3.

Experimenting with graphicx

Figure 1 shows the default image produced by the graphics file demo.eps, called using the command \includegraphics{demo} (note that none of the keys is used). Figure 2 shows the same figure scaled by a factor of three and rotated by 60 degrees anticlockwise and using the command \includegraphics[scale = 3, angle = 60]{demo}

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If the width is not given, it too is scaled by the same amount. bl = bottom left, c = center, t = top, r = right, B = baseline, or any meaningful combination thereof.

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Figure 1.

Here is a demo.eps to play with.

Figure 2. Here is demo.eps again rescaled to three times its original size and rotated counterclockwise through 60 degrees.

Figure 3 shows the default image with a different aspect ratio, created by varying the height and width with the command \includegraphics[width = 400pt, height = 200pt]{demo} In Figure 4 we plot the file family demo2.eps, which has a larger bounding box but using the default keys (\includegraphics{demo2}). We see that the relevant part of the figure has been forced down to the lower left of the figure in

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Mahoney

Figure 3.

Here is demo.eps with a different aspect ratio.

spite of our efforts to center it. There are three ways of rectifying this situation. We can: 1. Force a new bounding box manually with the bb key (keying in the original coordinates) 2. Use the viewport key 3. Use the trim key We can force a new bounding box by using: \includegraphics[bb = 169 158 233 242]{demo2} We have used the bounding box values for demo.eps for demo.eps2. The result is shown in Figure 5. We chose these values for the new bounding box because we already knew them from demo.eps; in practice we would need to experiment with various values in order to find something that works. We get identical results if we use the command \includegraphics[viewport = 0 0 64 84]{demo2.eps} (see Figure 6) or \includegraphics[trim = 0 0 300 300]{demo2.eps} (see Figure 7). (Note that the key takes the bottom left corner of the existing bounding box as its origin.)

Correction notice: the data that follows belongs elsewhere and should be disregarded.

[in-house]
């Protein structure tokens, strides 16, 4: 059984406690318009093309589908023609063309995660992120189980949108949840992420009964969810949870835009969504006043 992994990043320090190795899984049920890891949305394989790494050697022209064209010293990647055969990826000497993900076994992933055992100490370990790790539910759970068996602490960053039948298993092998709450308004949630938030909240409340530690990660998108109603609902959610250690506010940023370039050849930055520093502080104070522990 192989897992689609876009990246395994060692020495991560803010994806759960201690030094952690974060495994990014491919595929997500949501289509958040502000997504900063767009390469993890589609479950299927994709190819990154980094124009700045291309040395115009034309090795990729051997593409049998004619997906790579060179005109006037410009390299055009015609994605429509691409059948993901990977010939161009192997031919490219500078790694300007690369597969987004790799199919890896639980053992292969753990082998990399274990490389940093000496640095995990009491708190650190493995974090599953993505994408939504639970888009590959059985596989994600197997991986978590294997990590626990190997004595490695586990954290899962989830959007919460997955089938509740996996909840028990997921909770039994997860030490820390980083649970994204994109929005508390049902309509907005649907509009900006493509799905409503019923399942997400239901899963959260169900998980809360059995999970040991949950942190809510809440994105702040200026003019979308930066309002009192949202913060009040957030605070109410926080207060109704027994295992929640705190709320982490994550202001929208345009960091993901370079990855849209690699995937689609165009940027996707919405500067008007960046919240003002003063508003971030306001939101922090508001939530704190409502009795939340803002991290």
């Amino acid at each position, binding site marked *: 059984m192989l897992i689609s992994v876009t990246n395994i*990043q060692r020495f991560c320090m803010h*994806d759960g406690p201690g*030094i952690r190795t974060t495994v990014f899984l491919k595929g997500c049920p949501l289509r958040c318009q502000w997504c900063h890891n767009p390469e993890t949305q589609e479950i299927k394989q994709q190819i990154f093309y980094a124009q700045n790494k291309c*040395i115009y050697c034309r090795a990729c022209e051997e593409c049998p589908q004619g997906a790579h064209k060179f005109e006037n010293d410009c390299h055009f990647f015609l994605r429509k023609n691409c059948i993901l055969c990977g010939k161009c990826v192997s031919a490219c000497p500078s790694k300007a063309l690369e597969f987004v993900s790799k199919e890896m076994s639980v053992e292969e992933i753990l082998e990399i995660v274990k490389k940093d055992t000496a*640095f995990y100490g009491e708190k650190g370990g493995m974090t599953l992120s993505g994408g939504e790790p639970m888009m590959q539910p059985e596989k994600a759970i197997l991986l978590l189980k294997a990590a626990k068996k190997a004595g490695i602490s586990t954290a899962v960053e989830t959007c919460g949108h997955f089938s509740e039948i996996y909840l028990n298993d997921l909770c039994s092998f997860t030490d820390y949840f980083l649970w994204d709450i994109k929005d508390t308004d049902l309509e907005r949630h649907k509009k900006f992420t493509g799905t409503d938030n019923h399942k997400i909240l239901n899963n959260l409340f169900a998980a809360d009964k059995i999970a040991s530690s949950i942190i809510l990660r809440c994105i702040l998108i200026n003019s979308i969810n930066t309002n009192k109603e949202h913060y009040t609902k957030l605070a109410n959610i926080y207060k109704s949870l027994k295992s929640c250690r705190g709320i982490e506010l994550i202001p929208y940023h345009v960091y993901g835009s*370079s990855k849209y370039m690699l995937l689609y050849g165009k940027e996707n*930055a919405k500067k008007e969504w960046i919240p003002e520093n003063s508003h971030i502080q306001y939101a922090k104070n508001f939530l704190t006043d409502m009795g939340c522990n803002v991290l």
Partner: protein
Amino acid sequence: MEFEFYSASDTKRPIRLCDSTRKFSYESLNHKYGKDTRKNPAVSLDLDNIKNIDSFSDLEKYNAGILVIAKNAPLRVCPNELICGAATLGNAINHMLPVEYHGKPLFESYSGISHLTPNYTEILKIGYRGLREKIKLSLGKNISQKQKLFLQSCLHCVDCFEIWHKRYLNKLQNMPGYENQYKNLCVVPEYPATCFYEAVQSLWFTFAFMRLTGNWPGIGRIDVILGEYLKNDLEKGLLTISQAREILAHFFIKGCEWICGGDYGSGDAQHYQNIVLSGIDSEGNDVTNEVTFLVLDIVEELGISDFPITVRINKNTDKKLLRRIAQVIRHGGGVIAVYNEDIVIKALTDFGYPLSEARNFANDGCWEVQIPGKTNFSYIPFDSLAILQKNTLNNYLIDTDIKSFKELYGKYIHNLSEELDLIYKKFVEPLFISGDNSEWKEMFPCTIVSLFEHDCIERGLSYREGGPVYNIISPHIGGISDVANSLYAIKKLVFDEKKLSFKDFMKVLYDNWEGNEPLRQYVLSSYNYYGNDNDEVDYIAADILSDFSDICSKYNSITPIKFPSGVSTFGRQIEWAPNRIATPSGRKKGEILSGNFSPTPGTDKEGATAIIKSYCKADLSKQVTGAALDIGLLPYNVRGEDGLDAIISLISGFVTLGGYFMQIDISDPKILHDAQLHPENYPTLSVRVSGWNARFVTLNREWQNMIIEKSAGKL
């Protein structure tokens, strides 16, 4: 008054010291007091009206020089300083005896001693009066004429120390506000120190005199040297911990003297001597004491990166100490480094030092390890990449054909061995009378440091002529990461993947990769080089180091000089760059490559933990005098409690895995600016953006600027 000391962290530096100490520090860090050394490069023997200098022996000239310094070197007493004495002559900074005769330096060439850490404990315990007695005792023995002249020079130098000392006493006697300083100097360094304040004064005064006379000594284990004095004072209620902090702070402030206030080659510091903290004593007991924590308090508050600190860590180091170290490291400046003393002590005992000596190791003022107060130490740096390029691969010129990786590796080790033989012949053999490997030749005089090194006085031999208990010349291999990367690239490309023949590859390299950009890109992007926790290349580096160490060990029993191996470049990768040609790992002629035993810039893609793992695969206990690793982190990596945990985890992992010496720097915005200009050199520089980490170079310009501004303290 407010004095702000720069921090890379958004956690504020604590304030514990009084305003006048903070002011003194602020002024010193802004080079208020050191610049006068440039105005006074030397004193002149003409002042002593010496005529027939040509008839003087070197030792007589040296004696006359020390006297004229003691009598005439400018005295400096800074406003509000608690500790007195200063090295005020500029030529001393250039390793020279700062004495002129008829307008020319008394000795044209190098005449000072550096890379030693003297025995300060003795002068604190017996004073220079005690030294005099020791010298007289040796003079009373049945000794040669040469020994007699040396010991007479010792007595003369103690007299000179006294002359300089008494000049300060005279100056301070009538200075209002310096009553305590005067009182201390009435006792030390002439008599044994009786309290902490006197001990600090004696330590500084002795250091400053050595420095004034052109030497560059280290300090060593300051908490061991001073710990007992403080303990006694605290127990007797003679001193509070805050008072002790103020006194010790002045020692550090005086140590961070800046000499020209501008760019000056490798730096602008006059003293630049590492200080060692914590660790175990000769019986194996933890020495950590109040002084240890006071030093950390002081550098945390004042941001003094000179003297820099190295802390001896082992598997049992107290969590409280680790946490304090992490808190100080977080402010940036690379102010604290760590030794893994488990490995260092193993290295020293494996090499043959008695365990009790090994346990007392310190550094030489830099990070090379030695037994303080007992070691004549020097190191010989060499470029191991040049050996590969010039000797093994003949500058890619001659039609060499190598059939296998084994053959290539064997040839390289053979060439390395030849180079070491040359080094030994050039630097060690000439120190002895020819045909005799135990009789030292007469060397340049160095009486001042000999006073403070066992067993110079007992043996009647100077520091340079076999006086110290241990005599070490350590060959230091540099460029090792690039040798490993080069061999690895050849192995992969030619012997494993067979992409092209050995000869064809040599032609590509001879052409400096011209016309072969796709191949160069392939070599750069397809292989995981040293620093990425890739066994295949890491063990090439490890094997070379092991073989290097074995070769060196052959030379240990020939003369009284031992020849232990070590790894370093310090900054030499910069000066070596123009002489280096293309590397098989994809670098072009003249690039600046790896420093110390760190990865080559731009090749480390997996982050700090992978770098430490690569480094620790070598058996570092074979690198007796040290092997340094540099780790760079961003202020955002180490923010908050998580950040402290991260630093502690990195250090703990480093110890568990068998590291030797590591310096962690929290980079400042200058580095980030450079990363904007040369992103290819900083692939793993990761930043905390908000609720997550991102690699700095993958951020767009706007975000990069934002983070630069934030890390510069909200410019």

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Figure 4. Here is demo2.eps, which is demo.eps with a different bounding box; this creates wide margins at the top and to the right of the original figure and causing the relevant part of the figure into the bottom left corner.

Figure 5. We set a new bounding box manually with the key bb to eliminate the unwanted margins and restore the figure to its central position.

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Figure 6. Elimination of unwanted margins using the viewport key (note that the origin, (0,0), is now the bottom left corner of the original bounding box.

Figure 7.

Elimination of unwanted margins using trim key.